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Daily Archives: April 19, 2023

Inside the secret list of websites that make AI like ChatGPT sound smart

Washington Post: “AI chatbots have exploded in popularity over the past four months, stunning the public with their awesome abilities, from writing sophisticated term papers to holding unnervingly lucid conversations. Chatbots cannot think like humans: They do not actually understand what they say. They can mimic human speech because the artificial intelligence that powers them has ingested a gargantuan amount of text, mostly scraped from the internet. This text is the AI’s main source of information about the world as it is being built, and it influences how it responds to users. If it aces the bar exam, for example, it’s probably because its training data included thousands of LSAT practice sites. Tech companies have grown secretive about what they feed the AI. So The Washington Post set out to analyze one of these data sets to fully reveal the types of proprietary, personal, and often offensive websites that go into an AI’s training data. To look inside this black box, we analyzed Google’s C4 data set, a massive snapshot of the contents of 15 million websites that have been used to instruct some high-profile English-language AIs, called large language models, including Google’s T5 and Facebook’s LLaMA. (OpenAI does not disclose what datasets it uses to train the models backing its popular chatbot, ChatGPT) The Post worked with researchers at the Allen Institute for AI on this investigation and categorized the websites using data from Similarweb, a web analytics company. About a third of the websites could not be categorized, mostly because they no longer appear on the internet. Those are not shown. Hover over the boxes above to view the top sites in each category. We then ranked the remaining 10 million websites based on how many “tokens” appeared from each in the data set. Tokens are small bits of text used to process disorganized information — typically a word or phrase.

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Why universities should return to oral exams in the AI and ChatGPT era

The Conversation: “Imagine the following scenario. You are a student and enter a room or Zoom meeting. A panel of examiners who have read your essay or viewed your performance, are waiting inside. You answer a series of questions as they probe your knowledge and skills. You leave. The examiners then consider the preliminary pre-oral… Continue Reading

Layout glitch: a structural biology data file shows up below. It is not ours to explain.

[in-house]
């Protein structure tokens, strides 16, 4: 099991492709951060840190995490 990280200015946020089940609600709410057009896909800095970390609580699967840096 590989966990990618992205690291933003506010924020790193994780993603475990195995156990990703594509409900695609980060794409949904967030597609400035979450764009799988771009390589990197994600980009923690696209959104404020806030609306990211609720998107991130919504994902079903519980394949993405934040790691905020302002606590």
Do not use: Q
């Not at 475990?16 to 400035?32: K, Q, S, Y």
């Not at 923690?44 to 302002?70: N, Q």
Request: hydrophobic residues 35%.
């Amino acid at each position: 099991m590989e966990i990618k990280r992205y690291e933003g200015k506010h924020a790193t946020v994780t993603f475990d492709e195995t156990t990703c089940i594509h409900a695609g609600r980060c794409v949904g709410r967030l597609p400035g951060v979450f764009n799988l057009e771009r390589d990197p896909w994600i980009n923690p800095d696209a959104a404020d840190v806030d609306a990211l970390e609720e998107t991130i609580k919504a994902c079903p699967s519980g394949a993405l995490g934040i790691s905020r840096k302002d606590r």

Plastic Recylcing is a Scam

Plastic Recycling is an Actual Scam | Climate Town / YouTube Plastic Legislation to get involved with: Depending on where you live, there’s a lot you can do. NCSL Overview:… Earth Day Plastic Action:… Cleveland Preemptive Ban:… Nat Geo breakdown:… CIF:… WSJ:… NRDC:… Follow Climate Town on Instagram:… Continue Reading

Two new scientific papers break down how the rich are destroying Earth

Salon: “As the climate crisis becomes more acute — exemplified in interminable wildfire “seasons”, intense drought and extreme weather — it’s becoming clear that saving the planet will involve more than politely asking consumers to recycle their yogurt cups. Indeed, many of climate change’s effects are largely spurred by resource hoarding and inequality via the… Continue Reading

Nearly 1,500 books bans implemented in the first half of this school year

The Hill: “Almost 1,500 school book bans were put into place around the U.S. in the first half of the current academic year, according to PEN America. An analysis from the group released Thursday found 1,477 book bans implemented in the first half of the 2022-2023 school year, affecting 874 unique books. The six months… Continue Reading

The State of Scholarly Metadata: 2023

‘In late 2022, CCC and Media Growth Strategies undertook a thorough examination of metadata management across the research lifecycle. This in-depth review builds on an existing body of work to uncover multiple policy and system complexities and breakages, which – separately and together – create missed opportunities for the communities for whom Open Access (OA)… Continue Reading